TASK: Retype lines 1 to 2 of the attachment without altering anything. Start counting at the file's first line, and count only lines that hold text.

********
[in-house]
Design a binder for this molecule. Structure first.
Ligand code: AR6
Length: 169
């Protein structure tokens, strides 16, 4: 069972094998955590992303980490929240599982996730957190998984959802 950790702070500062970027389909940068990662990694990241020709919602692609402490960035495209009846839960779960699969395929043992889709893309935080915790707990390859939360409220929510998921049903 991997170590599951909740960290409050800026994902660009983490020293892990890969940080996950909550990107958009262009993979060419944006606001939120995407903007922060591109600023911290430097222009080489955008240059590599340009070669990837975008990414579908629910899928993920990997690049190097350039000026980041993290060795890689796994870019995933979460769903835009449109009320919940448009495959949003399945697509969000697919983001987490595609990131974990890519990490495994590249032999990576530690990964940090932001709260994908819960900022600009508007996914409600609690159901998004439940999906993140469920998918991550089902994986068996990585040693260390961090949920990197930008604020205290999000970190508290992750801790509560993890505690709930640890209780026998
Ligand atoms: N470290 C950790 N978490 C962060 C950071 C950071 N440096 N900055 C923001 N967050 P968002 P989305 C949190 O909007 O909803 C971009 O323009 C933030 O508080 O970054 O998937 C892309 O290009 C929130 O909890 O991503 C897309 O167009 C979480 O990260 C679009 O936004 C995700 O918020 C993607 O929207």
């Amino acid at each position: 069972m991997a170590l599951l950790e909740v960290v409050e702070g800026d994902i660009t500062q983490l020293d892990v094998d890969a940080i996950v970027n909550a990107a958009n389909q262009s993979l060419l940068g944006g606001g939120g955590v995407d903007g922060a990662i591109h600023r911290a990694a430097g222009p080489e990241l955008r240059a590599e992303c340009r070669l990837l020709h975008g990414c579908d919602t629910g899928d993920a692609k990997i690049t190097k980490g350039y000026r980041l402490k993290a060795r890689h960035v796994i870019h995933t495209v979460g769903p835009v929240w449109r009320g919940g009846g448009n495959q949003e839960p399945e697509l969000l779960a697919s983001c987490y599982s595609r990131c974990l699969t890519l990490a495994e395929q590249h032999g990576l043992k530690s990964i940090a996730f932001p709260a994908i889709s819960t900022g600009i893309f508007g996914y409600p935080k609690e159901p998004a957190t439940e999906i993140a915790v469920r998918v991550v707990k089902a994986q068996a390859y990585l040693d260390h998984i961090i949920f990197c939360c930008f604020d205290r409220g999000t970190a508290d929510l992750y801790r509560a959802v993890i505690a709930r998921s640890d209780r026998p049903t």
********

[in-house]
Design a binder for this molecule. Structure first.